Pew Trusts, which is providing technical assistance to the task force, has reported that Michigan spent $478 million in county jail/correction costs. Pew also has advised the task force that:
- Jail populations have tripled since the mid-1980s
- Rural counties have seen substantial growth in their jail populations
- Jail populations have grown even as crime rates have declined
“Pew has told us that the last time the crime rate was this low, in 1960, the jail incarceration rate was a third of what it is today,” noted Stephan Currie, MAC executive director. “Courts and public safety take up the biggest slices of the county budget, but how we operate jails is mostly mandated by state law. The recommendations of this task force will help counties and the state to work together on best practices to address cost and capacity issues.
“Those recommendations, of course, should be built on the broadest possible feedback from county leaders, which is why we have urged our members to attend task force sessions wherever possible,” he added.
For more information on this issue, contact Meghann Keit at firstname.lastname@example.org.
PFAS standards move into new phase of rule-making process
The Environmental Rules Review Committee (ERRC), established in 2018 by statute, voted to advance this week further guidelines for seven PFAS/PFOS chemicals found in Michigan drinking water. The committee is tasked with “overseeing all rule-making of the Department of Environmental Quality (now Environment, Great Lakes, and Energy).” This includes Gov. Gretchen Whitmer’s priority of regulating harmful PFAS chemicals.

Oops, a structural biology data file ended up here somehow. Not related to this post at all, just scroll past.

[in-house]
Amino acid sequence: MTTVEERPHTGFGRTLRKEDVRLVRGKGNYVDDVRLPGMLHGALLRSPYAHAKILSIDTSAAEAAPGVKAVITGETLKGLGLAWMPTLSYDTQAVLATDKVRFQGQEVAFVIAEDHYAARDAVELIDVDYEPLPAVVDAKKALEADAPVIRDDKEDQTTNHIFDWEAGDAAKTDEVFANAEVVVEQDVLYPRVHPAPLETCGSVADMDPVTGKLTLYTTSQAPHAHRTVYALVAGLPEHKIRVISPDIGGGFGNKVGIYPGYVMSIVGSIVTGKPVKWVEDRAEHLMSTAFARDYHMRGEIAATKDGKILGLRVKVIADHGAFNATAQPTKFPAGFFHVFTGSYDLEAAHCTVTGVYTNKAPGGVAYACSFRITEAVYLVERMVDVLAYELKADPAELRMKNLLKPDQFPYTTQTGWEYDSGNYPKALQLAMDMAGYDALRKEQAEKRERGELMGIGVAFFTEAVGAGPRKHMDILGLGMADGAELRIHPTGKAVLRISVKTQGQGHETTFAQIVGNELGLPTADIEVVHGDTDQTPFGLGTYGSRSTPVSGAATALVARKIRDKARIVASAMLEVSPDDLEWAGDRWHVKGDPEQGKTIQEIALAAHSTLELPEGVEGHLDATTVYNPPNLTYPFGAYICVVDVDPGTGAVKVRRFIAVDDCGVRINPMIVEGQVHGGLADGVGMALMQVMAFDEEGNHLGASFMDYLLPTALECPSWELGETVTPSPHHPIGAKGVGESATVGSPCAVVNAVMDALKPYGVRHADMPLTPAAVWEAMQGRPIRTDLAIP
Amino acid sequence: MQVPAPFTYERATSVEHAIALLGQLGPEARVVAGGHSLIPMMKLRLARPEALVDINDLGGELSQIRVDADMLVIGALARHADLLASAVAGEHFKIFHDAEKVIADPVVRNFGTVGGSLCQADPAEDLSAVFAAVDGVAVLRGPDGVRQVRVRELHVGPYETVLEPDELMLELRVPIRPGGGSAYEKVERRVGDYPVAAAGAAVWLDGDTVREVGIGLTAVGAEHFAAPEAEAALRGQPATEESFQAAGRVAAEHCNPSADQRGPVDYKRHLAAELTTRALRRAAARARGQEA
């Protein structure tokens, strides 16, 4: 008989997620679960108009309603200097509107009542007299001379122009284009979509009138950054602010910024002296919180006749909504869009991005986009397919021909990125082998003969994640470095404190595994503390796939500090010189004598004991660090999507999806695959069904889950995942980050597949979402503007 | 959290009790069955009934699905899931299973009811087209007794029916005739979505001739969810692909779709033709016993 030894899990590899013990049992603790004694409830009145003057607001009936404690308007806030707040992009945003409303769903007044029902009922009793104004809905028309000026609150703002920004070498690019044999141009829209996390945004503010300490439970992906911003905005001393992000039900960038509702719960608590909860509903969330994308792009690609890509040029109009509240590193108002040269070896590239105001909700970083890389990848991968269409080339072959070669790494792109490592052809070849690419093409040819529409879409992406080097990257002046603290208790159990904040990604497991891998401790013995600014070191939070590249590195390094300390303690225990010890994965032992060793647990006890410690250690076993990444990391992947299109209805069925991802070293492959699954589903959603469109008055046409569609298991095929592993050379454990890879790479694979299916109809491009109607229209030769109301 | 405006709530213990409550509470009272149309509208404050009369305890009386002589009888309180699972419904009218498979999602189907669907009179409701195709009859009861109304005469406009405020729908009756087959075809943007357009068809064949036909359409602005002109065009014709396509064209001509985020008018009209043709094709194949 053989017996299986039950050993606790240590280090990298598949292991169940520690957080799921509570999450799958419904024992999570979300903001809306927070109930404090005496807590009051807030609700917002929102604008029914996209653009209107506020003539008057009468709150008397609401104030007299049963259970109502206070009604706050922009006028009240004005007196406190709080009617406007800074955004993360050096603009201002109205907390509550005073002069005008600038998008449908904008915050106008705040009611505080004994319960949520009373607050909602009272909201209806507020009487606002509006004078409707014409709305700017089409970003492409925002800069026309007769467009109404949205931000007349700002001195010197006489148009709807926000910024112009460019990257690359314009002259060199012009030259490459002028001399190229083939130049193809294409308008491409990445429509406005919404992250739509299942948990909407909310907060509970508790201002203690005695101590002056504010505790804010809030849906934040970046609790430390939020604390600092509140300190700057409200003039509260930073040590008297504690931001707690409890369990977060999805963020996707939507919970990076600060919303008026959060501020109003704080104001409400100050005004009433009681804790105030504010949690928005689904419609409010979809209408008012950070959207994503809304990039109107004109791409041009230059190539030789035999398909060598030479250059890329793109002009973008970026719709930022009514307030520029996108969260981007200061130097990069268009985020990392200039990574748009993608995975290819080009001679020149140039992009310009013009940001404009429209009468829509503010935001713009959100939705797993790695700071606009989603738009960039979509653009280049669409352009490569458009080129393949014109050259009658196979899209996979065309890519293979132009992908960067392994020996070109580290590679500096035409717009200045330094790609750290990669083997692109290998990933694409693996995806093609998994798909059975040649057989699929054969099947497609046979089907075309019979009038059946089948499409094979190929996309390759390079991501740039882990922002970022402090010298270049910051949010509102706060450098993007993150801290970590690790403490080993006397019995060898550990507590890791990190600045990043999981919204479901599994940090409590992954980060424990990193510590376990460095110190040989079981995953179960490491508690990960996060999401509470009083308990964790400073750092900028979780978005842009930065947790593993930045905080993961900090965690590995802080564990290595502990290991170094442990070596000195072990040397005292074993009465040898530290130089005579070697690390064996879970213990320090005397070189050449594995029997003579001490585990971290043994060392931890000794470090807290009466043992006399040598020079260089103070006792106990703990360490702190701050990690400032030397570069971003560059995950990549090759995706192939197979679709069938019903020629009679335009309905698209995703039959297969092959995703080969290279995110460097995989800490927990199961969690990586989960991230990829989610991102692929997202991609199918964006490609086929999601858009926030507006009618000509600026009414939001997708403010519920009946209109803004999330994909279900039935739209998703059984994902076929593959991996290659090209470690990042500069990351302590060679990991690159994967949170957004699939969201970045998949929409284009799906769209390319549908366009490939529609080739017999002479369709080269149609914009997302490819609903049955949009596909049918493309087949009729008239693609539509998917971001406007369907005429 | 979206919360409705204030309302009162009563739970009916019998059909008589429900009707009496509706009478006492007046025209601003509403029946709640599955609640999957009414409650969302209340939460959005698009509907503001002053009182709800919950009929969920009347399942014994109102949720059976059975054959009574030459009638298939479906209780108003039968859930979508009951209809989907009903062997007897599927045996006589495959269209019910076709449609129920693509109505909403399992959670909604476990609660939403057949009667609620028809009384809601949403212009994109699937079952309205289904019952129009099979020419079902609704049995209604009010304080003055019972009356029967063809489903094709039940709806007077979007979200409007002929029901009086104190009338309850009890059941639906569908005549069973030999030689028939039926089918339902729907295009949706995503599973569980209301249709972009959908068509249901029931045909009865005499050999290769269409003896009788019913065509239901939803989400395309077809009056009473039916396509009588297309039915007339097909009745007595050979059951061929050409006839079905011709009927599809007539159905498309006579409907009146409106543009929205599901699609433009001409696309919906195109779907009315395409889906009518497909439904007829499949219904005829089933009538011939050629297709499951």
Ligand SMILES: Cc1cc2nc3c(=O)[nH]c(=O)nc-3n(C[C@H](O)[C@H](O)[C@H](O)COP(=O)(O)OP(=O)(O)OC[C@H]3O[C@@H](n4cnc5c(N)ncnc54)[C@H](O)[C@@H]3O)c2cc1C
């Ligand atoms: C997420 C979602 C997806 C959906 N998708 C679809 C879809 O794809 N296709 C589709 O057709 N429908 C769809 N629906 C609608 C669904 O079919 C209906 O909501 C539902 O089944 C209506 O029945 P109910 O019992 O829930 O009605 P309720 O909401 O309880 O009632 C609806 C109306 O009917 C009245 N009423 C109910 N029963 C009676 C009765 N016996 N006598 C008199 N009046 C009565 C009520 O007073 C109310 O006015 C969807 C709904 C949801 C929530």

Different variations of PFAS/PFOS can be found in thousands of unique chemical strains. The Michigan PFAS Action Response Team (MPART), created under Gov. Rick Snyder, relied on the expertise of a scientific subcommittee to identify seven of the most harmful chemicals using Health Based Values (HBVs): PFNA, PFOA, PFHxA, PFOS, PFHxS, PFBS, and GenX. After finding HBVs for those chemicals, EGLE and MPART created Maximum Contaminant Levels (MCLs) to help with the rule-making process.
That’s where the ERRC comes into play. Before those departmental rules can be adopted and implemented, the rules must go through a secondary screening by the committee that is comprised of industry professionals, environmental organizations and business stakeholders. The rules approved by the ERRC include mandatory testing for all community waters supplies. Initial test results would determine if a source will have to follow up with quarterly or annual testing to ensure compliance with those maximum contaminant levels.